November 7, 2019

How to Stand Out When It's So Easy To Create a Landing Page?

It's a scary world now that it's so easy to create a landing page, anyone can do it and within a few minutes you could appear to be a legit company! How can you tell what companies you can and can't trust? Are there certain design cues that give it away?

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    I'd give you a quick tip considering today's visual trends: use anything EXCEPT doodly human illustrations.

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      Hiya, Do you have any examples of this? :-) trying to workout 'how' doodly is too doodly lol.

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        Examples would be just about every landing page template tagged as "SaaS" or "e-commerce". ;)

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            My apologies, I overgeneralized greatly.

            "Doodly human illustrations" - at least my take on what josan meant:

            https://www.metricly.com/

            https://stack.g2.com/

            https://www.cloudability.com/

            https://callision.com/

            https://qualaroo.com/

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              Ah yes cool. I see now. Great list. Thanks and not at all. :-) I used doodly human pictures when I built this website: https://maestrolive.com/ and I'm worried now. haha. It does seem to be a well-used format. I must say, it is a recurring challenge when trying to create content that effectively describes something you can't see or touch such as software. Might start a thread on this topic.

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      Totally agree with you. But it takes bravery to do that - you want to look like a particular type of company so you follow the trend. Then you look the part.

      Being different feels risky. But probably a lot less risky than being the same (am sure Seth Godin has said plenty on the subject)

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    My favorites are Fomo.com, Notion.so and Mailchimp.com. They're friendly and effective by being themselves. Instead of following the latest trend, they show their voice and tone throughout the design to build trust.

    Personally I don't trust the business with landing page looks like $19 theme on Themeforest.

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      Mailchimp looks amazing.

      Mailchimps that and GoDaddy's remind me to each other.

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    Like other people said, the first thing a landing page needs to do is build trust, give a clear idea of what your product does and provide easy on-boarding, which is mostly about content. Getting this right will make you stand out.

    Having a landing page that stands out design-wise is also important and also builds trust, but shouldn't be the main goal. I've seen way too many landing pages with shiny scroll effects and great illustration where you can't figure out what the company does.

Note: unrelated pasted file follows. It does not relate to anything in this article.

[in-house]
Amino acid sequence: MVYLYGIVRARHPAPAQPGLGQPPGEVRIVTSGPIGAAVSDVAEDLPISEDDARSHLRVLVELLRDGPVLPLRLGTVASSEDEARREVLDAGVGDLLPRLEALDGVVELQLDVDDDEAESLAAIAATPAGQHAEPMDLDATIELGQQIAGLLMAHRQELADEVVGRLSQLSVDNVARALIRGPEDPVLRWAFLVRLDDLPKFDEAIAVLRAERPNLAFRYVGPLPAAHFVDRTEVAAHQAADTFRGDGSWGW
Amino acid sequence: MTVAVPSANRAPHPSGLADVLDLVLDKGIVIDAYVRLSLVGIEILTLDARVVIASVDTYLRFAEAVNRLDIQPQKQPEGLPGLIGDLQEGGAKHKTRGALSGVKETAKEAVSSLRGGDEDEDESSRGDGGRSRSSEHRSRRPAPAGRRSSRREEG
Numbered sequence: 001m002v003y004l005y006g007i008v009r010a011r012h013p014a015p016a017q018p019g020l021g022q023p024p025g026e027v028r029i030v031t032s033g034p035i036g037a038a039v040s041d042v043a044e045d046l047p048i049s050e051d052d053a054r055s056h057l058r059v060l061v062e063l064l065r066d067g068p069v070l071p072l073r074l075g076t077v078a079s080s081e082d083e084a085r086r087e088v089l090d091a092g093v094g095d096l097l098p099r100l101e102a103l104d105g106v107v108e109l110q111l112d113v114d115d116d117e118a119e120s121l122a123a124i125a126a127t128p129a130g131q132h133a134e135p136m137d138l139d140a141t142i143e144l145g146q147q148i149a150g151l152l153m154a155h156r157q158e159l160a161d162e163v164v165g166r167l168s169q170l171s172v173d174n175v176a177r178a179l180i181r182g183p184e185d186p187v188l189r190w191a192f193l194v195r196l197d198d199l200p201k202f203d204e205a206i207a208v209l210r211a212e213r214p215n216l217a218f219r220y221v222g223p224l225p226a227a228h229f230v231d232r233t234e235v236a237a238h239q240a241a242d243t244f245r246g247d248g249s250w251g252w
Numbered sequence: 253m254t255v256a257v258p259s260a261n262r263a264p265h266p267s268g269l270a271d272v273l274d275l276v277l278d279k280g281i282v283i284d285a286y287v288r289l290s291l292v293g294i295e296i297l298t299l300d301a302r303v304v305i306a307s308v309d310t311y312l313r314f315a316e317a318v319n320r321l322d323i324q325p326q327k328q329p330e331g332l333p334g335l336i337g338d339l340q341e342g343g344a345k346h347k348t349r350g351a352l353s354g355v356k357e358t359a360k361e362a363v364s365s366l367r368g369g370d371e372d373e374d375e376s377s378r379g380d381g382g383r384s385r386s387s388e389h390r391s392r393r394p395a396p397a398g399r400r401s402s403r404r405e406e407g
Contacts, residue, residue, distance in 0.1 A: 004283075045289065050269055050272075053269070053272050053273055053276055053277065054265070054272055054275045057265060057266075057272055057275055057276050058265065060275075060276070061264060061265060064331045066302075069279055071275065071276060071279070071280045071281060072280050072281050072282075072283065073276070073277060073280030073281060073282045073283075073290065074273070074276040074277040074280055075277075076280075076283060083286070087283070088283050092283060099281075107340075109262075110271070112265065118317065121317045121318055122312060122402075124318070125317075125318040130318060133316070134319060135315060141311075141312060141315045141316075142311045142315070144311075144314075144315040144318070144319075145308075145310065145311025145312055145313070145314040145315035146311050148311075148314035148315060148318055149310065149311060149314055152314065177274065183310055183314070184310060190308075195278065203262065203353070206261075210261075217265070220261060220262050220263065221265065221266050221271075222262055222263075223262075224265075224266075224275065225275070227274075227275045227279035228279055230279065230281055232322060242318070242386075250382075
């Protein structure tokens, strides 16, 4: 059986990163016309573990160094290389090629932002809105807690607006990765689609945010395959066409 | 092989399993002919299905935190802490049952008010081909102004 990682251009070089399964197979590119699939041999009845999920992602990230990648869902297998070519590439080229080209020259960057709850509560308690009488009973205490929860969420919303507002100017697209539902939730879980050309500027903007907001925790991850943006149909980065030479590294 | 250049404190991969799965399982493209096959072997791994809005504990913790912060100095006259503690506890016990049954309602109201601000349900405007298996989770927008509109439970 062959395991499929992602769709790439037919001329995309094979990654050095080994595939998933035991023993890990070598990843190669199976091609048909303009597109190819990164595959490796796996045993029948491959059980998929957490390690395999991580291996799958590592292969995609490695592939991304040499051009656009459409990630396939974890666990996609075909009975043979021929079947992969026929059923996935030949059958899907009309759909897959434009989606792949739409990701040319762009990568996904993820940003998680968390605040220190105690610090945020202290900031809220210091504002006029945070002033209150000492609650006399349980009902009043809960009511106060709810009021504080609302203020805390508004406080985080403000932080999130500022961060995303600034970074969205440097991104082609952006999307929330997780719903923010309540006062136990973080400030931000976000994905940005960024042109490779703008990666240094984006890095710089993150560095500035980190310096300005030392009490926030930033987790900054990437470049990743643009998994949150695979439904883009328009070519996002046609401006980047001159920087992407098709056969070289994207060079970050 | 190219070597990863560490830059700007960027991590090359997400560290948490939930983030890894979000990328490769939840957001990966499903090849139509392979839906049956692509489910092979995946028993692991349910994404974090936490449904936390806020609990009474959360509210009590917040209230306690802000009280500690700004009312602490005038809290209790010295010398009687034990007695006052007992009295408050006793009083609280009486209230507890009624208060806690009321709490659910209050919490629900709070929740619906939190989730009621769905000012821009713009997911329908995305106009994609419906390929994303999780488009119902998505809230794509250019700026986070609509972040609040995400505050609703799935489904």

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    You could always check out the online reviews a company has. Apart from that of course their social media accounts, following, etc.

    As far as landing page design goes, I think I'd compare the landing page of a company with its more established counterparts.

    Also, if you know about digital marketing. You can use tools like Moz to check the domain authority of a website. That will make the picture very clear.

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    A postal address helps. Might seem old fashioned but a physical address (and ya gotta sit at at a desk somewhere!)(unless you're on a boat maybe)(ok there are some exceptions to that rule) but an address says 'we're real'.

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    Social proof goes a long way. It takes many forms. For example as a user I would trust a company a lot more if a friend recommended them to me.

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    Longevity + trust = it's one of the first things I look for. Who is this person or people that run xyz website? I rarely buy anything from someone/thing who I don't trust in.

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      So how do you build trust with people? If I'm going to be interacting with people who don't know me how do I depict a trustable person?

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        Start interacting with them. Start conversations. Be helpful. Interlink things that connect back to your profile/website - an online mention, a recommendation, etc. Come across as human. Build up connections, slowly and one by one.

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        Being honest and transparent is the first step to build trust. If you're a soloist, don't make your business look like a big corporation with 400 people.

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        Shared connections on LinkedIn comes up surprisingly often in sales conversations for me.

        I also often hear people i’m talking to say they’ve googled me and come across a conference talk i gave a few years ago on YouTube which at least demonstrates I’ve been around a while.